November 14, 2006

Influenza Drug Tamiflu Linked to 'Neuropsychiatric Events' in Children

Roche, the manufacturer of the influenza ("flu") treatment medication, Tamiflu (oseltamivir phosphate), is warning of some rare but troubling possible side-effects when used in pediatric patients. Neuropsychiatric events such as impaired consciousness, abnormal behaviors, delirium, hallucinations, self-injury and delusions have been noted as adverse events in children being treated with Tamiflu, mostly in Japan, where hallucinations and other psychological and neurological symptoms in children have already been listed as adverse events on product labeling. Tamiflu prescriptions in Japan exceed those in the United States by about a factor of 10. These effects have been seen mostly in pediatric patients.

The United States Food and Drug Administration (FDA) staff had suggested updating Tamiflu's label to recommend that all patients, especially children, be closely monitored while on the drug.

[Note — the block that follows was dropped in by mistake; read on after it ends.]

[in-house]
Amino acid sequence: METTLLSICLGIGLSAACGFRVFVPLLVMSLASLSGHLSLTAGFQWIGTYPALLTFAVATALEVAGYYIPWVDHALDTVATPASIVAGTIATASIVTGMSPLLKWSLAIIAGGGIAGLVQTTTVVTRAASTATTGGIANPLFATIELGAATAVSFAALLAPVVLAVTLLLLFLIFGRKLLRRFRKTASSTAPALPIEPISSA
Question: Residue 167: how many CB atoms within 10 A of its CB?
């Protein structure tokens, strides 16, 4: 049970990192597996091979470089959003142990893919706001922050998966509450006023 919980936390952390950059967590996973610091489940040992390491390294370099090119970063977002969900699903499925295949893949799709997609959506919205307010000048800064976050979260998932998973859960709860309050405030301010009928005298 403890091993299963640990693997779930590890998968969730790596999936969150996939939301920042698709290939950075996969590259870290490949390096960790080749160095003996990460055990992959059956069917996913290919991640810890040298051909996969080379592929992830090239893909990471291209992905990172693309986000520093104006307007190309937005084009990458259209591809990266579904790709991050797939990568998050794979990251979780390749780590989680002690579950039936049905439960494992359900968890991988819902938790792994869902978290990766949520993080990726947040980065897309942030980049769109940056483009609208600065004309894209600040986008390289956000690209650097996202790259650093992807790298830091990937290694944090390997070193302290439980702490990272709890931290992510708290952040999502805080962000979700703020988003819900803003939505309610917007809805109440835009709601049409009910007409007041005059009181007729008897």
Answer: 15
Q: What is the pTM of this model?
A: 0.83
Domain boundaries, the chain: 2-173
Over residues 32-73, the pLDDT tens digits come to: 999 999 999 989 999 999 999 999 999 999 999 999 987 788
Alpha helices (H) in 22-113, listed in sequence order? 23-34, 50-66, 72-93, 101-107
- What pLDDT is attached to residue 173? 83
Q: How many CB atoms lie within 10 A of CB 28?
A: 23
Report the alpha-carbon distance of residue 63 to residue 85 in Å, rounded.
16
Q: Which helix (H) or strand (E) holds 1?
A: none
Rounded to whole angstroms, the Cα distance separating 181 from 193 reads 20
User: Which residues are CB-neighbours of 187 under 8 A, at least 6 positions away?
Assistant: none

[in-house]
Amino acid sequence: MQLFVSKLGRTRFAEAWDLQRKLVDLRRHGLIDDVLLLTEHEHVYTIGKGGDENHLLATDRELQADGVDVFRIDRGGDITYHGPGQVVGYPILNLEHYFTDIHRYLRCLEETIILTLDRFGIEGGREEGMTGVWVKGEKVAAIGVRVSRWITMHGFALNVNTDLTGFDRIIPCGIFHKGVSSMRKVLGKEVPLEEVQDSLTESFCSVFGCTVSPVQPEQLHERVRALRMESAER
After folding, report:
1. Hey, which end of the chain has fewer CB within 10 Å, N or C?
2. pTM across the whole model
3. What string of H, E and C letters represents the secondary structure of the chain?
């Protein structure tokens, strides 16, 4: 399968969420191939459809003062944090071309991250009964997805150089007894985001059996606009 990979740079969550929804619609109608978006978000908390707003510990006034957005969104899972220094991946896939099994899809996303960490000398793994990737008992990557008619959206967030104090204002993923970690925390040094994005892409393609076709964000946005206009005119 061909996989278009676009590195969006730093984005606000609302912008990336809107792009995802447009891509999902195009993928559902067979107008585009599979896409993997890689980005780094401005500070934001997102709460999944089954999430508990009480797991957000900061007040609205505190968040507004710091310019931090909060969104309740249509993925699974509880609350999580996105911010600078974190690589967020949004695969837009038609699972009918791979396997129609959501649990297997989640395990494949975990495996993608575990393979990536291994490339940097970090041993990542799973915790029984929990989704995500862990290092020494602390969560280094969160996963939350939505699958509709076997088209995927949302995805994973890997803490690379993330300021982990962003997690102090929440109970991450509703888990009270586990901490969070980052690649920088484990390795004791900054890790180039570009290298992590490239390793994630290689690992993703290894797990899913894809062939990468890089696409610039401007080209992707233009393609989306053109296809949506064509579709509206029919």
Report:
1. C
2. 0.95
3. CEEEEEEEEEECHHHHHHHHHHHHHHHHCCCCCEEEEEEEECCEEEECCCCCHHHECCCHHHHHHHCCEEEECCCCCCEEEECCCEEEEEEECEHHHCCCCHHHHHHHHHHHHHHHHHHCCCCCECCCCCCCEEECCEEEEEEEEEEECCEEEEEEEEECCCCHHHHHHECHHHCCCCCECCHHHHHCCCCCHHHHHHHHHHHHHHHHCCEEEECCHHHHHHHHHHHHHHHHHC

Tamiflu is a treatment for influenza virus infections. Since severe cases of the flu can cause delirium, the FDA had not required the manufacturer, Roche AG, to add the warning because of the difficulty in determining how much the treatment for the flu was adding to the array of symptoms from the influenza infection itself.

So far there has been no information available as to how quickly these symptoms subside after discontinuation of the medication, nor if there are any additional concerns about Tamiflu's possible effects on children already with, or predisposed to, a psychotic disorder.

Roche AG is adding a warning to its labeling, which the FDA has approved.

If the child displays any of these neuropsychiatric events, the doctor should be contacted immediately.

Original Sources:

More information on the Influenza Virus and Preventative Vaccinations:
FDA Influenza Virus Vaccine U.S. FDA Center for Biologics and Research

More Reading on Infection/Immune System Links to Schizophrenia:
Infections as a causal factor in schizophrenia
Scientists: stronger link between cat virus and schizophrenia
Schizophrenia Linked to Immune System/Infection


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